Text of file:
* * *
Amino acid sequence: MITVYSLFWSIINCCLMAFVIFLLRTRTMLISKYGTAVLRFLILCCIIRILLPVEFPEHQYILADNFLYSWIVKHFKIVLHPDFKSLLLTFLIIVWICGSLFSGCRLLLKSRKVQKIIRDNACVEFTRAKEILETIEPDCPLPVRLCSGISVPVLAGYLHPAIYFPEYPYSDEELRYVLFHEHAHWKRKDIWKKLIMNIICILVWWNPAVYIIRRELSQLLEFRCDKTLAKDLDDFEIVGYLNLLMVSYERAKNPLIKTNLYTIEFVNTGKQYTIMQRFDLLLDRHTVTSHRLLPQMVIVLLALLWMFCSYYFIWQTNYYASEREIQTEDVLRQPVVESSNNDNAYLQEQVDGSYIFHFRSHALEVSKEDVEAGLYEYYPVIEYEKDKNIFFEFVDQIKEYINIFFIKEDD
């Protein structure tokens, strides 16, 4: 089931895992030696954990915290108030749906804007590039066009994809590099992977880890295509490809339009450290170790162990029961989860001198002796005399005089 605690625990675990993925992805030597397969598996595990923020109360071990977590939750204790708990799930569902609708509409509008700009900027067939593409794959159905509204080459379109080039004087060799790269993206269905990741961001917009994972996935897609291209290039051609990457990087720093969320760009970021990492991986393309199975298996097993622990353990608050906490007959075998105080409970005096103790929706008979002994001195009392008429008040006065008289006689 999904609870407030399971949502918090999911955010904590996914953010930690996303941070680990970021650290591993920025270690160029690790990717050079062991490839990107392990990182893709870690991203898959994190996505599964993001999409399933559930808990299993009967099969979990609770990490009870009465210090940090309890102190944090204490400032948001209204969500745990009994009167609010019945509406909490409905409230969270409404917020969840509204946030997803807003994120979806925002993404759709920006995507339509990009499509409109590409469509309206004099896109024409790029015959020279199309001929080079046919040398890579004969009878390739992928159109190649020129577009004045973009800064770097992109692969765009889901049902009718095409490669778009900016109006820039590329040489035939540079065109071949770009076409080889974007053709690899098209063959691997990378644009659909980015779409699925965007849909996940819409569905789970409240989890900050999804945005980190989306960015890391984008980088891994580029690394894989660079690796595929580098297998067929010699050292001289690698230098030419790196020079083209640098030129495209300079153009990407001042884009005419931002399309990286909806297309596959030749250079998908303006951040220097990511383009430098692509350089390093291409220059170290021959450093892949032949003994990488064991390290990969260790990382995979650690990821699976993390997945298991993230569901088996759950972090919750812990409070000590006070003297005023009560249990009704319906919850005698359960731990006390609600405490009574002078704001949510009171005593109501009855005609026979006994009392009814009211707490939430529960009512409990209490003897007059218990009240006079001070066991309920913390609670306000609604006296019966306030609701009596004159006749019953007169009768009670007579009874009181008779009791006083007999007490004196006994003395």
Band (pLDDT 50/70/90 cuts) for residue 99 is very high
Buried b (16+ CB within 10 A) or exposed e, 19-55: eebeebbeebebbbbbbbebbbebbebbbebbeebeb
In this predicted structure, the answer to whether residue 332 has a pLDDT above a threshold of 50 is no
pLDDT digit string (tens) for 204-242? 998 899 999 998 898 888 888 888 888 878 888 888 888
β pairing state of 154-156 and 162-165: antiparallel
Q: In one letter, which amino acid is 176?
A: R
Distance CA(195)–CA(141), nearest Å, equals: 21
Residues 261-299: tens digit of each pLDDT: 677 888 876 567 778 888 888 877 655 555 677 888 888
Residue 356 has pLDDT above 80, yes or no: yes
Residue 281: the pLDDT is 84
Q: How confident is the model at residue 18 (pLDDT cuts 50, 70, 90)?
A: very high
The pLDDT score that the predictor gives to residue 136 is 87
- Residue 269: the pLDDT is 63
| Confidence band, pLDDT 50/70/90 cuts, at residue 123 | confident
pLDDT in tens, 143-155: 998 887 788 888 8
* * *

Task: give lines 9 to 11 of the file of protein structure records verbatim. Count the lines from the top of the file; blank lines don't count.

A: R
Distance CA(195)–CA(141), nearest Å, equals: 21
Residues 261-299: tens digit of each pLDDT: 677 888 876 567 778 888 888 877 655 555 677 888 888